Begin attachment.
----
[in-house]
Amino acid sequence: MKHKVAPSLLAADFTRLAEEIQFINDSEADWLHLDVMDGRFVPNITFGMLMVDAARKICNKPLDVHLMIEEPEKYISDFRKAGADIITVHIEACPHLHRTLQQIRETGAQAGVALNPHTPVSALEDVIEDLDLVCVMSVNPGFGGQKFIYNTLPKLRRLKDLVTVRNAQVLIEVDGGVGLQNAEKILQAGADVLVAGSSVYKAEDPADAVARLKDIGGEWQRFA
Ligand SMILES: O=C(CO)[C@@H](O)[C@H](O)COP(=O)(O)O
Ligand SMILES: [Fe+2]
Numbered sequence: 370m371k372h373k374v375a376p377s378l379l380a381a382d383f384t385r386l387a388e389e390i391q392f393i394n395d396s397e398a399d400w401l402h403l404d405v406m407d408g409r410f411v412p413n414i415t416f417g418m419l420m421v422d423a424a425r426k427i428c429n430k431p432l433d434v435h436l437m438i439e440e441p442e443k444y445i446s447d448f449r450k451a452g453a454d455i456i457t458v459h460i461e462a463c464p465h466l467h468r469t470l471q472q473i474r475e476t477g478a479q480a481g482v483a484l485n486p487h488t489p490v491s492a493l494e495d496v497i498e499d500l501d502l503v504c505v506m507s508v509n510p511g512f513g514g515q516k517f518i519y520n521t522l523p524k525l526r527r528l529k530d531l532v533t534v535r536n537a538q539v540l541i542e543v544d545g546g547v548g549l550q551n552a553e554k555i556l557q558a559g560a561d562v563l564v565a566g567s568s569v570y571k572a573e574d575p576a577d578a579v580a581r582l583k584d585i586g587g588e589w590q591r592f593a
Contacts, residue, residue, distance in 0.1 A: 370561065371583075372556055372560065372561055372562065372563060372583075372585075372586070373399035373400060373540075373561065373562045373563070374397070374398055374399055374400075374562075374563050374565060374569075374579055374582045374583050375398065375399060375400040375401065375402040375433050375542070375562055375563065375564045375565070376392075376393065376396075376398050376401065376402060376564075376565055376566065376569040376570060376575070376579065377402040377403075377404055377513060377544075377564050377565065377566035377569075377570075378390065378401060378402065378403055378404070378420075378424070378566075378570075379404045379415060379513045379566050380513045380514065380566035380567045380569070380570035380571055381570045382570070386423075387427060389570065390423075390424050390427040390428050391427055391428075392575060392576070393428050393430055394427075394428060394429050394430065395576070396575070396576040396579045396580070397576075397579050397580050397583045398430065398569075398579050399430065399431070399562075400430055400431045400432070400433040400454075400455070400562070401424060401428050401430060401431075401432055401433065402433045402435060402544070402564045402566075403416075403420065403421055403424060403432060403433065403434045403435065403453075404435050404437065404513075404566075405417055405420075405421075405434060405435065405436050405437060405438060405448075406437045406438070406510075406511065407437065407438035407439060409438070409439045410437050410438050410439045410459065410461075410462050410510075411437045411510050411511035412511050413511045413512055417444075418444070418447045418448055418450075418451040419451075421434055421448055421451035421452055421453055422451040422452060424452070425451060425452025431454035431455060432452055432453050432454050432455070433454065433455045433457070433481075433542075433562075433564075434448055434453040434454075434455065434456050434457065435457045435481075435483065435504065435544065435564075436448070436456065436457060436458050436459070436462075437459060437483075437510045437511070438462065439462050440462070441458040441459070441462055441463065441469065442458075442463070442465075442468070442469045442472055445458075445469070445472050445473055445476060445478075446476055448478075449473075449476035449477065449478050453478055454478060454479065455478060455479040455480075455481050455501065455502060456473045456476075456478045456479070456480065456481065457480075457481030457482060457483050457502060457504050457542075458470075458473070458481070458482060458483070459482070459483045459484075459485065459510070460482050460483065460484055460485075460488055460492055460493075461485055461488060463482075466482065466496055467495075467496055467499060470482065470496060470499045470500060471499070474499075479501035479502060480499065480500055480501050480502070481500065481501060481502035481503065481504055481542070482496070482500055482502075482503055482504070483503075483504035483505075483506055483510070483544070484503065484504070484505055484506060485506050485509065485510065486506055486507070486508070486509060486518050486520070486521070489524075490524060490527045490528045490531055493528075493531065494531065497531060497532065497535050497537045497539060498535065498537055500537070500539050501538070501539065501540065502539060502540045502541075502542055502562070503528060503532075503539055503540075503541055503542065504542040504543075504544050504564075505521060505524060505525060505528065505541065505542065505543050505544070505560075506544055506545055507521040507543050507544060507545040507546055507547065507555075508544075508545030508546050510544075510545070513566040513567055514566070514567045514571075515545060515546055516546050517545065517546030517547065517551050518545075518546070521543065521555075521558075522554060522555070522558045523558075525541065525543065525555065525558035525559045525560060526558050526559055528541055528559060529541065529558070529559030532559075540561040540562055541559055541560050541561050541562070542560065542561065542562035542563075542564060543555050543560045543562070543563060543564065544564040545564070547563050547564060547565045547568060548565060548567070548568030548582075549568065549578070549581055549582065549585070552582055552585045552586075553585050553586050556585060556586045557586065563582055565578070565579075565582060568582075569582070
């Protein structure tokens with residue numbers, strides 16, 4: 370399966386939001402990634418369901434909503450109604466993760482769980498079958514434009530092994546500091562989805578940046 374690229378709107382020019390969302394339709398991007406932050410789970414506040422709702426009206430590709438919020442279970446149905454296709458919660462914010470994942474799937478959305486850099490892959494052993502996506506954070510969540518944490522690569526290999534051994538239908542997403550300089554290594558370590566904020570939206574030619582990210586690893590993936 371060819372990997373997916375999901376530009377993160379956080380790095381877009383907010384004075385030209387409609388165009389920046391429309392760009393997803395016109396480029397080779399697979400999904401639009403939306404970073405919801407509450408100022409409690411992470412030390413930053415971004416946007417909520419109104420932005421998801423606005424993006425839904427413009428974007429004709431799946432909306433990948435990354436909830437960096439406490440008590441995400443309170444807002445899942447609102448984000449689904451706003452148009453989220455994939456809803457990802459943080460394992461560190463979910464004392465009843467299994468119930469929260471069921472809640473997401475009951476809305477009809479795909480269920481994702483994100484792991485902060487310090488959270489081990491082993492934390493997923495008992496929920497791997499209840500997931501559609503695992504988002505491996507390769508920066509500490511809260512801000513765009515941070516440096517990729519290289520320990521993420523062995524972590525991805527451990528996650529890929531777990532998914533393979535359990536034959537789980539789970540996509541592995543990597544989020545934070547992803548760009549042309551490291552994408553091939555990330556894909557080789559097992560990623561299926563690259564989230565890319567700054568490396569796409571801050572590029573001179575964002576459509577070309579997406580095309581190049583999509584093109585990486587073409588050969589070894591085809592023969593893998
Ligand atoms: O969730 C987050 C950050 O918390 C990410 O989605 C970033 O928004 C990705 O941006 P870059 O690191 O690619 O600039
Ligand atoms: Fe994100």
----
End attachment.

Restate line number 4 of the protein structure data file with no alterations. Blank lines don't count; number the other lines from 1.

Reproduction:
Ligand SMILES: [Fe+2]